Despite being an author of 19th century novels of manners, Jane Austen can inspire a fanatical following worthy of the likes of George Lucas or Gene Roddenberry. Austen fans tirelessly immerse themselves in her Regency-era tales of romance prevailing over social morays, and Hollywood follows suit. The past two decades have seen not only such versions as the 1995 "Pride and Prejudice" miniseries that turned Colin Firth into a sex symbol, but the loose biopic Becoming Jane and such contemporary semi-adaptations as Bridget Jones's Diary.
When so many fans and filmmakers have Jane on the brain, the comedy Austenland should arrive as a timely commentary on part of the modern zeitgeist. Instead, Austenland wastes a promising premise and falls thuddingly short of its intentions, which proves especially unfortunate given how few female-oriented films see release.
"Felicity's" Keri Russell plays Jane Hayes, a single woman in her 30s who obsesses over Austen and the Regency period. Not only has she filled her apartment with teacups, doilies, and other 19th-century knickknacks, she has a standee of Firth's Mr. Darcy where a male fanboy would have a life-size Han Solo in carbonite. Jane learns from a travel agent — they still have those? — about an English estate that offers a role-playing experience that's the next best thing to being in an Austen book.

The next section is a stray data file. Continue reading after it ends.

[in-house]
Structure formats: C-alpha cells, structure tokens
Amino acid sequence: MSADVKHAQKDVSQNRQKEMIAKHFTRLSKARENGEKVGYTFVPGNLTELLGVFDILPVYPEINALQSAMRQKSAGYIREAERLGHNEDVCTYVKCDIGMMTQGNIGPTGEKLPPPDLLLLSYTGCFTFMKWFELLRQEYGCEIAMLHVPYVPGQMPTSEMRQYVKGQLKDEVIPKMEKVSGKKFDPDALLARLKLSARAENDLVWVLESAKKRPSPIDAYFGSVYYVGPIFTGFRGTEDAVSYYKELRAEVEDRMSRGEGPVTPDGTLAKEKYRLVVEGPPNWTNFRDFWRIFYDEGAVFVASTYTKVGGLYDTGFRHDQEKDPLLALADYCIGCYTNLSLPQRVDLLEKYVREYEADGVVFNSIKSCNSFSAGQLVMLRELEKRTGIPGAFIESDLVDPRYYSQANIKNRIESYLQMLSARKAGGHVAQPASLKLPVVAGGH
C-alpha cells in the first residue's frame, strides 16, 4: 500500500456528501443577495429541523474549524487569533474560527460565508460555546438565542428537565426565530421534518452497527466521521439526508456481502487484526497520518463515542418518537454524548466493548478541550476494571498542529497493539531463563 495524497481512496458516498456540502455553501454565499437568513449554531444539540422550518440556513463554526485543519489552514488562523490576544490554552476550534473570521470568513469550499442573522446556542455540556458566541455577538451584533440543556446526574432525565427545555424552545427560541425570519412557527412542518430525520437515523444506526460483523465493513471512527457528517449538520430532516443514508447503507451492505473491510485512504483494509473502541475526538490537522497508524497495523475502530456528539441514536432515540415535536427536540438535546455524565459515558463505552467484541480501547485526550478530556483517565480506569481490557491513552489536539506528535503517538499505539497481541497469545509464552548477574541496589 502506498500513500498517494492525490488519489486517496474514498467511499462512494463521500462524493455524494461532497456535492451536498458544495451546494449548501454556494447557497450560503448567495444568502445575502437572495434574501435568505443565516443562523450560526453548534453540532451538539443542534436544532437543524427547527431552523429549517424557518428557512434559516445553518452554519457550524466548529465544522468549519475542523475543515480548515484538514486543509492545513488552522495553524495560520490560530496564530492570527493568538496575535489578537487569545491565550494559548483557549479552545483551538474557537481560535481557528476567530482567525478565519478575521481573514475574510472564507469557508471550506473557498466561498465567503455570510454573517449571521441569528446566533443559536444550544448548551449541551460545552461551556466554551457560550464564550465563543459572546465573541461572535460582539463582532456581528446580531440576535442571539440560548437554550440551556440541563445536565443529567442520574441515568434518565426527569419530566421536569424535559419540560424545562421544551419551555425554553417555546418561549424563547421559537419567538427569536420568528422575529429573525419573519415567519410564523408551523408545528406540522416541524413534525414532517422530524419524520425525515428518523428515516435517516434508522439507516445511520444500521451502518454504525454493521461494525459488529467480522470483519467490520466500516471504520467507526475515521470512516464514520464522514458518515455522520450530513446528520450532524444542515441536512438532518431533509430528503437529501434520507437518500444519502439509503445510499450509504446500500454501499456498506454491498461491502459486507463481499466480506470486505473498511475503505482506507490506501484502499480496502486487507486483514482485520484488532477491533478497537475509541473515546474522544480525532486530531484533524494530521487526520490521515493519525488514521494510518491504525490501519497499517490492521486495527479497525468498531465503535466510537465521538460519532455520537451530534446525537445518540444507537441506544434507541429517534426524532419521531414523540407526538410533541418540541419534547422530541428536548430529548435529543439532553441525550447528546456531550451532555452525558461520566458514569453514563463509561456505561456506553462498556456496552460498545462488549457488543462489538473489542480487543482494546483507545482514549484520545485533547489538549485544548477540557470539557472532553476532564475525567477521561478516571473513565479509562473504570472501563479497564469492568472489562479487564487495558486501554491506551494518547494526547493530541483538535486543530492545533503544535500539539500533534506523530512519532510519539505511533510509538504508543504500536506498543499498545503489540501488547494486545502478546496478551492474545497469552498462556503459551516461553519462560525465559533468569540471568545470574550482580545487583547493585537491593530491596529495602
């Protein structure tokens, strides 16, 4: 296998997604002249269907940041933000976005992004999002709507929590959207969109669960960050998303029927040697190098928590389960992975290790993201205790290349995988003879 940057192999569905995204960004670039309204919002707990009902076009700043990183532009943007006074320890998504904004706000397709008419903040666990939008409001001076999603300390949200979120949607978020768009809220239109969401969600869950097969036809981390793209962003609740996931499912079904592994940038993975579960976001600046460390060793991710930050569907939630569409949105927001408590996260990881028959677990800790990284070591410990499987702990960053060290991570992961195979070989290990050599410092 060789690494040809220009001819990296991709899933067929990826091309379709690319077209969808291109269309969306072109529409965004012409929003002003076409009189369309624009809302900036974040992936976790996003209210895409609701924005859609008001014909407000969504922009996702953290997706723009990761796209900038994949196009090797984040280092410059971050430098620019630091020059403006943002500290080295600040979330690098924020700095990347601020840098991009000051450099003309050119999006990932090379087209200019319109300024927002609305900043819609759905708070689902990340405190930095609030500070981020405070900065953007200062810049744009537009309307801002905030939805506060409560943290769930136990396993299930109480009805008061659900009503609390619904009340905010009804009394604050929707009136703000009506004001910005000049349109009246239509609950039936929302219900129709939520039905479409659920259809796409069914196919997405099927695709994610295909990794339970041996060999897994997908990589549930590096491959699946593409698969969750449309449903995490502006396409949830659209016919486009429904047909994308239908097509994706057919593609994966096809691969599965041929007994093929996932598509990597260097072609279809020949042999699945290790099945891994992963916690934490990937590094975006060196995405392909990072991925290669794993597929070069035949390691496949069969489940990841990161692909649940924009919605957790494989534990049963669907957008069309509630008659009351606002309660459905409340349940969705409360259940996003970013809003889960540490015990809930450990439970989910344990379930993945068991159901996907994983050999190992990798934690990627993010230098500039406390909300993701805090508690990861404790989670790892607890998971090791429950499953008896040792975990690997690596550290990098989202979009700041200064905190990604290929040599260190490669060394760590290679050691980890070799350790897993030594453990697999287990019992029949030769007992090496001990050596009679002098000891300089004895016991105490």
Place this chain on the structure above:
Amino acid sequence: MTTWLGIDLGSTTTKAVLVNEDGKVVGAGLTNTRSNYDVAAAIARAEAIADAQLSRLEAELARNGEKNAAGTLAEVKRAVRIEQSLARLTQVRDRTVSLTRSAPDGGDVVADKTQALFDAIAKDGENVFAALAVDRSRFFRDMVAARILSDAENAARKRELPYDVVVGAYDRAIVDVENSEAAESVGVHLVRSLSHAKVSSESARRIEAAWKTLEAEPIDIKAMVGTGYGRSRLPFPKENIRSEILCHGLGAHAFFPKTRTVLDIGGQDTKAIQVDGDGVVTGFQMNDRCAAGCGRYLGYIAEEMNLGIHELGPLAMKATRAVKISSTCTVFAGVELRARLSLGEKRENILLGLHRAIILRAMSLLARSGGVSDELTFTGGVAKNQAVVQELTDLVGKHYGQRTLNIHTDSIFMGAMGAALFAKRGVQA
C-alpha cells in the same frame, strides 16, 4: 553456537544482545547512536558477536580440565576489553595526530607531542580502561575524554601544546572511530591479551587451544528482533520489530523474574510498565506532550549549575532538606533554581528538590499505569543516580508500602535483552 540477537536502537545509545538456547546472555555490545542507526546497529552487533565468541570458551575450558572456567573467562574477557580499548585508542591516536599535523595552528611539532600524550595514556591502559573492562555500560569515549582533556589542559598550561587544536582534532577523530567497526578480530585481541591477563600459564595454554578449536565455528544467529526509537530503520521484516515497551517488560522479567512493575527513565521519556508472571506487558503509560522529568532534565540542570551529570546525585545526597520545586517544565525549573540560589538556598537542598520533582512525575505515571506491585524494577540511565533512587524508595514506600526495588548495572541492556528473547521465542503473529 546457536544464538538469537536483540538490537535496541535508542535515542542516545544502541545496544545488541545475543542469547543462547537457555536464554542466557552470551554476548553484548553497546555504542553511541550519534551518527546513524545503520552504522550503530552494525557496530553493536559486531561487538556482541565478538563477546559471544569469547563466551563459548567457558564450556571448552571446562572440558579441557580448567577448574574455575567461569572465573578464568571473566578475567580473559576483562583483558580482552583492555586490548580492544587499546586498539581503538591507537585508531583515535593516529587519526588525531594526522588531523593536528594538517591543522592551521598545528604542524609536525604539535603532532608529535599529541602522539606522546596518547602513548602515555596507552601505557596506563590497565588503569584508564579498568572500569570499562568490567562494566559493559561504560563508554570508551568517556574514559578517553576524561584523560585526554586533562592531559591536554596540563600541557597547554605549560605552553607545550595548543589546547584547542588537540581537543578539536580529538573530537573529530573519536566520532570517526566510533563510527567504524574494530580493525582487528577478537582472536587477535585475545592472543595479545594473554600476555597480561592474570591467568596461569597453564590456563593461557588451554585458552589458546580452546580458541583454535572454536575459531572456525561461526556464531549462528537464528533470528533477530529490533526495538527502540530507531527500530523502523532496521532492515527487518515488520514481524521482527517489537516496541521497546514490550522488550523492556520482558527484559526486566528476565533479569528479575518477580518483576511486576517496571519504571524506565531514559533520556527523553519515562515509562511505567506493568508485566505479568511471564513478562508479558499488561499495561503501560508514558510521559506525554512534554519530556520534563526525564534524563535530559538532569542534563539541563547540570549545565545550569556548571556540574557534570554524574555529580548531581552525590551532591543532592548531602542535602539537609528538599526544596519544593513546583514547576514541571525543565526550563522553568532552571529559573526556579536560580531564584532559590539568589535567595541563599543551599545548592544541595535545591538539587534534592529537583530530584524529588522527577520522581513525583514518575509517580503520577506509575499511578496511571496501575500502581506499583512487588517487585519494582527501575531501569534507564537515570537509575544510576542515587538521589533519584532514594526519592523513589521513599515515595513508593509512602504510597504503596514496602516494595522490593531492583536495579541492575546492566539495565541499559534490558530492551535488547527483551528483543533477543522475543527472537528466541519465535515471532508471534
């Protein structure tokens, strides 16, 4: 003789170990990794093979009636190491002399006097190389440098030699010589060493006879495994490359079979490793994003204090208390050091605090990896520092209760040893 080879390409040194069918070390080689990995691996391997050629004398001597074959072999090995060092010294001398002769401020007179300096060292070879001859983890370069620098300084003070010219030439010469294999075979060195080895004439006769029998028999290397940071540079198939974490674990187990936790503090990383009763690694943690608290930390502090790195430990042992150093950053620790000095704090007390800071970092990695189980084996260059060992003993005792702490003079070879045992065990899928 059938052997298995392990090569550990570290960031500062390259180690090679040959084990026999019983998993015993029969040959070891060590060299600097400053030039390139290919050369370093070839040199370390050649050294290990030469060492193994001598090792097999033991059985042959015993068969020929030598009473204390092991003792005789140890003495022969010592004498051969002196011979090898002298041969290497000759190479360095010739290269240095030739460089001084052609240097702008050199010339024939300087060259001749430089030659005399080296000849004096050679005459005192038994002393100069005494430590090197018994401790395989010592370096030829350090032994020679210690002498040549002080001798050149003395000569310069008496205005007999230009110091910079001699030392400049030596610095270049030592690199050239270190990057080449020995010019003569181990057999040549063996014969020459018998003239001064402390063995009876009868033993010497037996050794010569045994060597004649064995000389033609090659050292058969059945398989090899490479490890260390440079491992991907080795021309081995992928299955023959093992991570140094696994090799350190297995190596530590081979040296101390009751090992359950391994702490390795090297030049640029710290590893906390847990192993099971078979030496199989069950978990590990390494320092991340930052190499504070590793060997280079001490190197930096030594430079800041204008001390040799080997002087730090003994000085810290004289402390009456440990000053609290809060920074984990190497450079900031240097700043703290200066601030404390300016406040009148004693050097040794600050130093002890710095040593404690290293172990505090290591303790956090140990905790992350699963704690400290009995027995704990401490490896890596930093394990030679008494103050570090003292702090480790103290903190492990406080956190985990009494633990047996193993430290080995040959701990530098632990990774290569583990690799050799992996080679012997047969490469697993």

Jane arrives at Heathrow Airport in an empire-waist gown like a dedicated cosplayer. The film reveals its best concept when Jane reaches the estate and discovers that she spent her savings on the lowest-level "Copper" vacation package. While a rich American ignoramus (Jennifer Coolidge) gets luxurious accommodations and the pseudonym "Miss Charming," Jane bunks in a servant's room under the name "Miss Erstwhile." She finds herself living the unglamorous existence of Austen's unsung supporting characters.
Russell has revived her career with her powerful work as a 1980s KGB sleeper agent on "The Americans," but seems at sea in Austenland. Jane's relationship to Austen's fiction changes over the course of the story, but Austenland conveys no sense — or sensibility, for that matter — of the character's psychology. She ultimately comes across as a Jane Austen poser, less interesting than a story about a disillusioned true believer.
Austenland was directed and co-written by Jerusha Hess, best known as writing partner (and spouse) of Jared Hess, director of Napoleon Dynamite. Like their other films, Austenland presents a maladjusted outsider in a peculiar subculture, but Jerusha Hess conveys no sense of tone or how to land a joke. Austenland ultimately seems like a distaff counterpart to nerd-culture films like Fanboys or Paul, which are also pretty terrible. This is equality?